Dr. Igor Ogashawara is a postdoctoral researcher at the Leibniz Institute of Freshwater Ecology and Inland Fisheries (IGB-Berlin) and a Visiting Professor at Universidad the Concepción (Chile). He got his BSc in Geography from São Paulo State University (UNESP), his MSc in Remote Sensing from the Brazilian National Institute for Space Research (INPE) and his PhD in Applied Earth Sciences from the Indiana University (IU). His research interests lie at the intersection of remote sensing and natural resources (particularly water resources). Igor is particularly interested in the development of remote sensing algorithms for the estimation of water quality parameters. He is the co-chairing the Working Group 2 on Observations and Data for the GEO AquaWatch where he is also part of the Management Team and Director of the GEOAquaWatch Node on Calibration and Validation, he is also involved in the working groups of the Brazilian Association of Limnology and is also involved in the EU H2020 Water-ForCE Project which is developing a Roadmap for the future of Copernicus water products.
From Space we see it Better: What Remote Sensing can tell us about Earth
Revealing what is not always captured by human eyes helps scientists to unfold history, understand complex events and forecast possible futures
Remote sensing is the science of acquiring information about the Earth’s surface without actually being in contact with it.
Since it started, decades ago, the technology has become so precise that, from so far way, it allows us to “see” things from a granular scale to a planetary one. Suddenly, it is possible to close gaps of information, track connections between different phenomena and broaden our comprehension of the world. At the same time, the amount of collected data requires a completely new set of expertise. This all brings science to an entirely different level.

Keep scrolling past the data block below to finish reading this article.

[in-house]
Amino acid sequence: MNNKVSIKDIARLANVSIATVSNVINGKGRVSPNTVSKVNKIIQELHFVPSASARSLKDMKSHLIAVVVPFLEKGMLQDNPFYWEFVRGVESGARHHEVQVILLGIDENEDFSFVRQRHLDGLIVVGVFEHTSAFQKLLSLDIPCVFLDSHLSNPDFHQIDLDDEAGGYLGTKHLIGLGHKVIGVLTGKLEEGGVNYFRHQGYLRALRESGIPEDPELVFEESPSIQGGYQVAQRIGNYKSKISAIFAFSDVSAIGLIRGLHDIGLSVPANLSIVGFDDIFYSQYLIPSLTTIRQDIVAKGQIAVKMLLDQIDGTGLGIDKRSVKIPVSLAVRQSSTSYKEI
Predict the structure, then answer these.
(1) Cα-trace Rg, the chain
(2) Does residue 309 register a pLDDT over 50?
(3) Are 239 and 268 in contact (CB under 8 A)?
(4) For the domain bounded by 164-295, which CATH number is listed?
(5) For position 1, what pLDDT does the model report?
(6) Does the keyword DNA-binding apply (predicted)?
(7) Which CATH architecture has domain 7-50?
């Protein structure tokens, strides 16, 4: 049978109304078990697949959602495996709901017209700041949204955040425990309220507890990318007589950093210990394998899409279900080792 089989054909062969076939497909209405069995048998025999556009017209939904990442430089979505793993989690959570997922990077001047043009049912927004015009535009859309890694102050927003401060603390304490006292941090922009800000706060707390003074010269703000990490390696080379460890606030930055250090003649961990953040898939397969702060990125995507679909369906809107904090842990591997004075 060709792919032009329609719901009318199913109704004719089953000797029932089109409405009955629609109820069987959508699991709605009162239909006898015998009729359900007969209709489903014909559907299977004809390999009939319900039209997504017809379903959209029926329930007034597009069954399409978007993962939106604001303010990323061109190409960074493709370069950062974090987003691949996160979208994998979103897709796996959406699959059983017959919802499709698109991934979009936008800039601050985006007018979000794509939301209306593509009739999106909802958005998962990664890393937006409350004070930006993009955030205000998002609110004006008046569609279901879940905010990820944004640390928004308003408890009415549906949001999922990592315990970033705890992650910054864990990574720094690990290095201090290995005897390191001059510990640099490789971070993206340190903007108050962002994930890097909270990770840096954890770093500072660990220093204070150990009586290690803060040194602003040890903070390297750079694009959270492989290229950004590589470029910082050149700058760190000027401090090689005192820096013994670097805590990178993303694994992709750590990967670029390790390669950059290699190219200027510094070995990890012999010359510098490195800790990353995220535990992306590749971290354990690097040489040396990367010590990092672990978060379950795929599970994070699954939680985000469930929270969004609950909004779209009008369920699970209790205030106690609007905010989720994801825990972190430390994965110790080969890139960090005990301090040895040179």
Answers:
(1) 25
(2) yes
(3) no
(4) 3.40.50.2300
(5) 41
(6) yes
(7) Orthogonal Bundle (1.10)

Join us and learn about some exciting applications of remote sensing – from observing phytoplankton bloom in lakes and oceans and improving water management to mapping the best soil for agriculture and analyzing the behavior of plants in a changing climate. Also, hear about how Brazil contributed to the field and made data accessible to everyone.
PUBLIC DISCUSSION VIA LIVESTREAM AND ON-SITE AT THE EMBASSY OF BRAZIL IN BERLIN. PLEASE REGISTER.
This is an in-person event. If you would like to attend the event on site, please book your spot here.
If you would like to see the recording, please go here.
Berlin, Berlin 10179 Germany
Dr. Evlyn Novo is a Senior Researcher at the Earth Observation Division in the Brazilian Institute for Space Research (INPE) under the Ministry of Science, Technology, and Innovation, located in São José dos Campos, Brazil. She has over 30 years of developing and applying Earth Observing satellites on integrated studies of the Brazilian Amazon. She participated as the Brazilian PI in the LBA Project “Linking remote sensing of variations in inundation and aquatic vegetation with regional analyses of carbon dynamics in Amazon wetlands (UCSB, NASA, INPE). 2003-2008). She has coordinated projects funded by FAPESP, CAPES, and CNPq, focusing on integrating both in situ and remote sensing data to improve understanding of the interactions between biotic, abiotic, and human dimensions on the Amazon landscape in a scenery of growing anthropogenic impact.
Currently, she is coordinating INPE’s remote sensing working package from the project Balancing biOdiversity conservatioN with Development in Amazon wetlandS (BONDS).